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Mark Bauerlein, an English professor at Emory University, spent two and a half years working in the George W. Bush administration and, later, voted for Barack Obama in 2008. Now Bauerlein, one of the country's most vocal conservative academics, is one of the few in the profession openly supporting Donald Trump.

"We've reached a point where we need a jolt. We need someone who can take on the taboos and do so in a canny and effective way," Bauerlein said.

He's one of 150 academics and other writers who have put their names on a letter of support for Republican presidential candidate Donald Trump, although the Scholars and Writers for America list includes many signatures of those from outside the traditional academy.

Frank Buckley, a Foundation Professor at the Antonin Scalia Law School at George Mason University, said he and other conservative scholars helped organize the letter -- a brief, one-sentence statement backing the candidate -- to establish that there are some ideas behind Trump's candidacy.

The letter reads, "Given our choices in the presidential election, we believe that Donald J. Trump is the candidate most likely to restore the promise of America, and we urge you to support him as we do."

"There should be a campaign of ideas and not simply of personalities," Buckley said of the current presidential race. "Right now, the campaign is mostly a bunch of ad hominem attacks."

Buckley said Trump was attractive as a candidate because of his promised action on immigration and tax reform as well as a more prudent foreign policy.

He said the organizers of the letter had reached out to a few friends, who circulated the letter themselves. But Buckley said he excluded anyone from the list who was supporting Trump for reasons he didn't like.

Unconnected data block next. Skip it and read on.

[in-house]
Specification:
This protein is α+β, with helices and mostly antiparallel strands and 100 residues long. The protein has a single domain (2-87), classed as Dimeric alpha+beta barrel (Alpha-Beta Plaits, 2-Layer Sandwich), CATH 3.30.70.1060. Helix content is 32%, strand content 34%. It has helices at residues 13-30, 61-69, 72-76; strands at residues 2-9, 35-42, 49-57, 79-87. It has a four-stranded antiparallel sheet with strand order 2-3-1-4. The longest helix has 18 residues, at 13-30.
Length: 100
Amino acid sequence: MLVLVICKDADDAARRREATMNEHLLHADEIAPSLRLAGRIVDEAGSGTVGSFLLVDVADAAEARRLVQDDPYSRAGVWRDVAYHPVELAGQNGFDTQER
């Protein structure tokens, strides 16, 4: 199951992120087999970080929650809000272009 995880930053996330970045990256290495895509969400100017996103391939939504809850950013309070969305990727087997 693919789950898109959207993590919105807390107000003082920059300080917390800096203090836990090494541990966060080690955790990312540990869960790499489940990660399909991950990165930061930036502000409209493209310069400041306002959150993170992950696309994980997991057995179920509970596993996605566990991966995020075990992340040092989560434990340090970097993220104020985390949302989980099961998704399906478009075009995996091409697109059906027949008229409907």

Bauerlein said his reasons for supporting Trump were more cultural and social than political. The list of signatures includes academics like him and Carol Swain of Vanderbilt University, and familiar higher education critics such as David Horowitz and Roger Kimball.

It also features former politicians with scholarly credentials such as Newt Gingrich and Bill Bennett, and others such as Peter Thiel, the PayPal co-founder and Facebook board member who bankrolled former wrestler Hulk Hogan's lawsuit against Gawker Media, and Charles C. Johnson, a right-wing blogger known for aggressive trolling on Twitter before he was banned from the website.

Joshua Dunn, chair of the department of political science at the University of Colorado, Colorado Springs, said the list of names is probably so broad because of the difficulty of finding university-based scholars to back a candidate who has become toxic even to many in his own party. Dunn, who co-wrote a book about conservatives in academe, said conservative faculty members are typically pro-free trade, pro-free market and skeptical of populist movements, whereas Trump has run a populist campaign espousing protectionist principles.

"You're going to have trouble rounding up many conservative faculty members," he said.

Dunn said even many who have signed the letter may not be terribly enthusiastic about Trump.

"Instead they're afraid of a Clinton presidency, so they kind of regard him as the least worst option for this election," he said.

The Democratic presidential nominee, Hillary Clinton, has peeled off support from a handful of current and former Republican officials. And the newspaper endorsements that would go to a GOP nominee in a typical presidential election cycle haven't been forthcoming for Trump, who has repeatedly made racist and misogynist remarks throughout his campaign. Dunn said support for Trump would be controversial on most college campuses to an extent that a professor endorsing Mitt Romney would not have been.

Buckley said there are few registered Republicans in the academy to begin with and that, within that group, many vigorously oppose Trump.

"We're a minority within a minority," he said.

Bauerlein said both the left and the right have pushed the idea in this election that educated, intelligent people don't support the GOP nominee. He said the list of signatures serves as a counterpoint to that idea.

"The immediate message is that there is an intelligent case to make for Trump," he said. "That doesn't mean it's right. But it is rational."

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